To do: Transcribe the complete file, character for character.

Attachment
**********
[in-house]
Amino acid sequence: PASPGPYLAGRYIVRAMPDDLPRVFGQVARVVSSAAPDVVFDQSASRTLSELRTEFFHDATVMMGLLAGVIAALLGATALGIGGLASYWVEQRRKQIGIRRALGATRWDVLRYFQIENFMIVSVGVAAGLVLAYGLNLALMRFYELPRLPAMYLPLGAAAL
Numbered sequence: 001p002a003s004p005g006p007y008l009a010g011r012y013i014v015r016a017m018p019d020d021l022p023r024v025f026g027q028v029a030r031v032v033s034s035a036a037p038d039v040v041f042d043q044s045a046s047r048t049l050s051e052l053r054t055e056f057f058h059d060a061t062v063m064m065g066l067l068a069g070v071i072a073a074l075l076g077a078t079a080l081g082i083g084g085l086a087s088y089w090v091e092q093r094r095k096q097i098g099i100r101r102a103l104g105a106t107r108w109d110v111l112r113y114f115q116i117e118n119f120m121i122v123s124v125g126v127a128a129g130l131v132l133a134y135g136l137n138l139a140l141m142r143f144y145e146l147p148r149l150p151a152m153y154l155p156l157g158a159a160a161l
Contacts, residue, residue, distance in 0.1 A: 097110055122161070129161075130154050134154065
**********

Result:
[in-house]
Amino acid sequence: PASPGPYLAGRYIVRAMPDDLPRVFGQVARVVSSAAPDVVFDQSASRTLSELRTEFFHDATVMMGLLAGVIAALLGATALGIGGLASYWVEQRRKQIGIRRALGATRWDVLRYFQIENFMIVSVGVAAGLVLAYGLNLALMRFYELPRLPAMYLPLGAAAL
Numbered sequence: 001p002a003s004p005g006p007y008l009a010g011r012y013i014v015r016a017m018p019d020d021l022p023r024v025f026g027q028v029a030r031v032v033s034s035a036a037p038d039v040v041f042d043q044s045a046s047r048t049l050s051e052l053r054t055e056f057f058h059d060a061t062v063m064m065g066l067l068a069g070v071i072a073a074l075l076g077a078t079a080l081g082i083g084g085l086a087s088y089w090v091e092q093r094r095k096q097i098g099i100r101r102a103l104g105a106t107r108w109d110v111l112r113y114f115q116i117e118n119f120m121i122v123s124v125g126v127a128a129g130l131v132l133a134y135g136l137n138l139a140l141m142r143f144y145e146l147p148r149l150p151a152m153y154l155p156l157g158a159a160a161l
Contacts, residue, residue, distance in 0.1 A: 097110055122161070129161075130154050134154065